Respectful discussion between liberals and conservatives? These U-M students are making it happen

At first glance, one might assume that the 60 students divided into small groups at the University of Michigan's (U-M) Weiser Hall are studying on this cold February weeknight. Instead, they're politely discussing the history of the executive branch and how it relates to current events specifically the recent government shutdown.


U-M student organization WeListen hosts group discussions on politics and current events like this one every other week, with the goal of building understanding between people with divergent political viewpoints.


WeListen was created by U-M students after the divisive 2016 presidential election. Organizers intended to bridge the political gap on campus by offering students a way to talk about divisive issues and learn why others might think differently.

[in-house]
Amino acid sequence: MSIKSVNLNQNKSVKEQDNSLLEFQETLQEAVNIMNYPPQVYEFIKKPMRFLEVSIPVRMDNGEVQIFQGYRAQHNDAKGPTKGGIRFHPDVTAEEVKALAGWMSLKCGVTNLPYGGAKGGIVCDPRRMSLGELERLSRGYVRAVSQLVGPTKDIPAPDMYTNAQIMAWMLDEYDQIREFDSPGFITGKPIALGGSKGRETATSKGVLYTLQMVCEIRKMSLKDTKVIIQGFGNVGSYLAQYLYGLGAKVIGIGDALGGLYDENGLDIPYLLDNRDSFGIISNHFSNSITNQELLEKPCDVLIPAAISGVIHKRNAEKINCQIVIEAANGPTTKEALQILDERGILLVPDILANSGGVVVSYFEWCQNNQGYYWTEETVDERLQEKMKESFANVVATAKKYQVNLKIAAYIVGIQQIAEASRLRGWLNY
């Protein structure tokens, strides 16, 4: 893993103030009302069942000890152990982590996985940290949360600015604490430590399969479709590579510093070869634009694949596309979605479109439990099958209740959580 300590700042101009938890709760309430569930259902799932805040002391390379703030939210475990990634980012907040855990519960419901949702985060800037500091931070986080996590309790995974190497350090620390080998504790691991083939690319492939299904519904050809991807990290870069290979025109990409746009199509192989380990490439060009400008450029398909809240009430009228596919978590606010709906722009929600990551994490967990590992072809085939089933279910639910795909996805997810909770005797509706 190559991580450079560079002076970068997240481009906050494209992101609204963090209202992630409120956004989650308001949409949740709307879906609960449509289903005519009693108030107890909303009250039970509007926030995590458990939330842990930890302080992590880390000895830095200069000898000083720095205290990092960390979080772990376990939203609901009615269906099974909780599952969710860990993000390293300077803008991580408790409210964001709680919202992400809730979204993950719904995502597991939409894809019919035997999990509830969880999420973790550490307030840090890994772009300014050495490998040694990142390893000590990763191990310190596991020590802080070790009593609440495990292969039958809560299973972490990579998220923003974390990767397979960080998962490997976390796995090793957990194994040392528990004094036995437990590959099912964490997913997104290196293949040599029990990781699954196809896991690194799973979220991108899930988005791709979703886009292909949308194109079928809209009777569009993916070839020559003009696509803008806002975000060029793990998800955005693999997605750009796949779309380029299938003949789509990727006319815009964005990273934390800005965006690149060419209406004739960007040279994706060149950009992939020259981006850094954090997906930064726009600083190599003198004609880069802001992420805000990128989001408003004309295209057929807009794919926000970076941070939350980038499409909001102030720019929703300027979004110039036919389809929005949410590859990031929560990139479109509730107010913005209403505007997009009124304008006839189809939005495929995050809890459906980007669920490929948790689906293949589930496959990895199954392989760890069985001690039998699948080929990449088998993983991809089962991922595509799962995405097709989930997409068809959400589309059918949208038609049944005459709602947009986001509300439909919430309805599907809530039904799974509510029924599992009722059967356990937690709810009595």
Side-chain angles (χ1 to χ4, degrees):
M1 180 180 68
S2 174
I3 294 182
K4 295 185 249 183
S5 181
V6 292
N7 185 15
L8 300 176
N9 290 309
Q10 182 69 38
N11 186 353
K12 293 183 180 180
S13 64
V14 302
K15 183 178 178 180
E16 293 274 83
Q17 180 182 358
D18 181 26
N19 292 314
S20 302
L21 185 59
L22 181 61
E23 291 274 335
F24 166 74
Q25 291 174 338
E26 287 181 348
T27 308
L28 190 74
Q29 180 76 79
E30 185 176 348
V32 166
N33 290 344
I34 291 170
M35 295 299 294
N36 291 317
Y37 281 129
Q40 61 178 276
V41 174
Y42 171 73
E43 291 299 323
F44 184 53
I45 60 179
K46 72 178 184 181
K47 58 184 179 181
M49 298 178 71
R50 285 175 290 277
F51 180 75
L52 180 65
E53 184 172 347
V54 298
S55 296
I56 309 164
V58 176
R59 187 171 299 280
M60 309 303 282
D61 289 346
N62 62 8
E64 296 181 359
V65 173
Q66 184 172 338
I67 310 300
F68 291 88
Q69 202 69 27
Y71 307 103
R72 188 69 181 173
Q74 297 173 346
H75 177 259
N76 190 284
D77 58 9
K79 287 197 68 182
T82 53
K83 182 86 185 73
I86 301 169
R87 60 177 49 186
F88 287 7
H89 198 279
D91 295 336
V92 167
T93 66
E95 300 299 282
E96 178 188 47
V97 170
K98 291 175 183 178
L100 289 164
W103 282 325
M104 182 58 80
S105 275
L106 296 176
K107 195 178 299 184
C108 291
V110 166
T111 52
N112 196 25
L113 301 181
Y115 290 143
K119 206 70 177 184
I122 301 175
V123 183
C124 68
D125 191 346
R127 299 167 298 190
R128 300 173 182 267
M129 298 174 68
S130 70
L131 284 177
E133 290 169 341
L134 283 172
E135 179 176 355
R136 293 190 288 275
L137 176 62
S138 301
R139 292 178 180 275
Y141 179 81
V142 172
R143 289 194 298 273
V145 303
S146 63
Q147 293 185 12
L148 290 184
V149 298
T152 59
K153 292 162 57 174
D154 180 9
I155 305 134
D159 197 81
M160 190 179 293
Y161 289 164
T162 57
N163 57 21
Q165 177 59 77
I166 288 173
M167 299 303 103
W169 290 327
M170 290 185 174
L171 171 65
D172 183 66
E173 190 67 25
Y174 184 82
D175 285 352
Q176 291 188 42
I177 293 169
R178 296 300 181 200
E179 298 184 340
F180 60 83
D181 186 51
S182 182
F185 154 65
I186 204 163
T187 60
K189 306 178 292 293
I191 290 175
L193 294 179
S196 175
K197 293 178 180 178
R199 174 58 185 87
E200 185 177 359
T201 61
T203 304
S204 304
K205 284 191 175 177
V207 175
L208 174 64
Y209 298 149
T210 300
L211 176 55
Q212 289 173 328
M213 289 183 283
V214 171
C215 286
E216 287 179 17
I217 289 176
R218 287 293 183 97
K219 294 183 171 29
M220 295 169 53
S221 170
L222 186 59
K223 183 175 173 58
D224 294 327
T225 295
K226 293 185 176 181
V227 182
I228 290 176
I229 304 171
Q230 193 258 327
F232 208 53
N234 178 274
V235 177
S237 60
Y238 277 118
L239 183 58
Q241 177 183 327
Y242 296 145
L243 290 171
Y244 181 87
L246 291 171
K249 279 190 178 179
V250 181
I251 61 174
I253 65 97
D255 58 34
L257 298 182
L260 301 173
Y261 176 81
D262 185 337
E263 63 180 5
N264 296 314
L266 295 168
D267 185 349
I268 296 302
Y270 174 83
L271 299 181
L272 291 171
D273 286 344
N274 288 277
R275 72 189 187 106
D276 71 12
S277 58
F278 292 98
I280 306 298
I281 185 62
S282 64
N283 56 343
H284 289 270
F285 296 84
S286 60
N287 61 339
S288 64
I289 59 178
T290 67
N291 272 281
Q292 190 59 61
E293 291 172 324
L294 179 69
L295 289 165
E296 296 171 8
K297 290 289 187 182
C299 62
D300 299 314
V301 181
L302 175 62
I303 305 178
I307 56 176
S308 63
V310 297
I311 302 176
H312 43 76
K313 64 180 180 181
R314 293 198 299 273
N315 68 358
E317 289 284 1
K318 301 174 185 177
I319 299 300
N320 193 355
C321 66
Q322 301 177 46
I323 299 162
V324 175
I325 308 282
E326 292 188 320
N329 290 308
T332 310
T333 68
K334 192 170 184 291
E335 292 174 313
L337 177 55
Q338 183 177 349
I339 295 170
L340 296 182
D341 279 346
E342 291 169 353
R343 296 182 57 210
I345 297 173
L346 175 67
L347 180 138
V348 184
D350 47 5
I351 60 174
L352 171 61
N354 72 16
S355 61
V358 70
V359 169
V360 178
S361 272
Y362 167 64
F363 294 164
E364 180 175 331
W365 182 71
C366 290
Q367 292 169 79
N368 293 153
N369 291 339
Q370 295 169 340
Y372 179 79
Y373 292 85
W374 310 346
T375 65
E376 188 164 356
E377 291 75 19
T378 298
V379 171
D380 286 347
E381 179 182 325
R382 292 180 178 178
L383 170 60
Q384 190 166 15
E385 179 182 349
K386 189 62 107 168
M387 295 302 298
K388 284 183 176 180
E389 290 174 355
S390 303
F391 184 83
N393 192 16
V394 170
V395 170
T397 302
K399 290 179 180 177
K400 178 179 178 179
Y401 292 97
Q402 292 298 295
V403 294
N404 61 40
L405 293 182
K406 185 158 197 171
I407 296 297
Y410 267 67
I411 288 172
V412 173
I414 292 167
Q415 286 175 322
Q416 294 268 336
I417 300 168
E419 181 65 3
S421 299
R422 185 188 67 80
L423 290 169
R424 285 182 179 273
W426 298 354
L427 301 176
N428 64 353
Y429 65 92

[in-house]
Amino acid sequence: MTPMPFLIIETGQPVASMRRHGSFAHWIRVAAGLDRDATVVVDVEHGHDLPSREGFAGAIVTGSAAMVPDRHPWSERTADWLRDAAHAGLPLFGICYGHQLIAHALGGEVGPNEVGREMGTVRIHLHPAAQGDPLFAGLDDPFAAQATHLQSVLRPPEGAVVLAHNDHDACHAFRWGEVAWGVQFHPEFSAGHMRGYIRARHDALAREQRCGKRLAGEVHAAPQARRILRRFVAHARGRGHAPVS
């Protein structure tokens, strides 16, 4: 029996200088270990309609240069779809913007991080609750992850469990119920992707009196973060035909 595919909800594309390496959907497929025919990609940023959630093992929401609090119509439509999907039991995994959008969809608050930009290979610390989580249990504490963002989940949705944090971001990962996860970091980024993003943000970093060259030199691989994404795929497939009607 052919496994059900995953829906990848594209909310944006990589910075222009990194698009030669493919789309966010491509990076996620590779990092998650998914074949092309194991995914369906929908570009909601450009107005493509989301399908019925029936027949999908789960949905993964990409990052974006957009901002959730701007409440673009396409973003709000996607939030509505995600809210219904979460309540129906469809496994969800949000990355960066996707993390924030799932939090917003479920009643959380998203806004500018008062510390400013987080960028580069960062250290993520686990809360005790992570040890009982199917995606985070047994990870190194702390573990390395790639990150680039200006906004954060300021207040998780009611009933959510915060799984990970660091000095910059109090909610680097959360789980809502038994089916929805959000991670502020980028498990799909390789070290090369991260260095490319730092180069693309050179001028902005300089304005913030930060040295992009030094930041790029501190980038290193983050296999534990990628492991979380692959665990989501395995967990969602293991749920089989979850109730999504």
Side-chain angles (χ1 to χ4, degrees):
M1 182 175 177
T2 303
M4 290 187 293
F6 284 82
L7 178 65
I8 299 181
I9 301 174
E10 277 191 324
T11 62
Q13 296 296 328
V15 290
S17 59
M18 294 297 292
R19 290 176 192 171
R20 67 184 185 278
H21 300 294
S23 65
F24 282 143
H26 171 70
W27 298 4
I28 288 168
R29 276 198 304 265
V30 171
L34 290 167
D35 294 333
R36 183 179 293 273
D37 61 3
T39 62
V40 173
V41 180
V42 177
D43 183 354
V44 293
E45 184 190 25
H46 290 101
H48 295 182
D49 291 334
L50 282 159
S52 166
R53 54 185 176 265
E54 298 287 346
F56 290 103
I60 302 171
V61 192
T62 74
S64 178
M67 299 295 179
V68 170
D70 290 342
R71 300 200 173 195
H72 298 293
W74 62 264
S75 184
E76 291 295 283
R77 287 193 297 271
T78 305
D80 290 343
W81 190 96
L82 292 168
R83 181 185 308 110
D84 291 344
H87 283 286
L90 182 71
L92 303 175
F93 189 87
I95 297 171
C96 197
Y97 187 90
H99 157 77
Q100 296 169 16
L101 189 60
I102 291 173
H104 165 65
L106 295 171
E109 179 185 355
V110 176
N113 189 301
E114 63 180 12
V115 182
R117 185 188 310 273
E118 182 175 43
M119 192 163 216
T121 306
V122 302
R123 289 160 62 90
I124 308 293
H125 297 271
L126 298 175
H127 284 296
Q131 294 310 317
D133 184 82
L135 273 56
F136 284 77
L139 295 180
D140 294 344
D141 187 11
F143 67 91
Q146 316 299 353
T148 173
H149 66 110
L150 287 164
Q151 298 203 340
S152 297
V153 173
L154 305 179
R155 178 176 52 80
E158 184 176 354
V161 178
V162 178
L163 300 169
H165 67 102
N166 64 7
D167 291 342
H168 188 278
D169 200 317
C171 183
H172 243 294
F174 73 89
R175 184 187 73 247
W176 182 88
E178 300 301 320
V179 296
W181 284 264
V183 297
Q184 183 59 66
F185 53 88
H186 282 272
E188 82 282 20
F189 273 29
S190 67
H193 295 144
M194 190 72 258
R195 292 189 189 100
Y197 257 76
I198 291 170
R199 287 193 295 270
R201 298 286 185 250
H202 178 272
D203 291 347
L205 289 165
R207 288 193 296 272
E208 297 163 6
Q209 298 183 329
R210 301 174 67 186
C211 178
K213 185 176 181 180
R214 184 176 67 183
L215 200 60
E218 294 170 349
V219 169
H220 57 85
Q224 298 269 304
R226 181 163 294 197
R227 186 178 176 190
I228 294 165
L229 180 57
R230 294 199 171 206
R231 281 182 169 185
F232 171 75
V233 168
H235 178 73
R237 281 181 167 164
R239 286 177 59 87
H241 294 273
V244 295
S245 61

Evon Yao, WeListen's VP of outreach, says she felt jaded by politics after the 2016 election. She joined the organization because she wanted to learn more about her fellow students' viewpoints and the experiences that shape them.


"WeListen humanizes the conversation," Yao says. "It helps to find common ground and leave with a bigger understanding of the people you might consider your ideological opponents."


How it works


WeListen emphasizes balance, starting with its leadership structure. The organization has two co-presidents – one a conservative and the other a liberal. The executive board and the content team that generates discussion points are also split evenly by political stance.


Each event starts with a presentation on the evening's focus topic, covering facts on the history of the issue and quotes from notable politicians. Fact sheets are also distributed for students to reference during the discussions.


Yao says she's found WeListen to be a great learning opportunity, especially for those who avoid talking about politics all together, because the group presents basic facts on the issues. These presentations, in addition to the peer conversations, help put issues into context for students on how the topic might impact their own lives.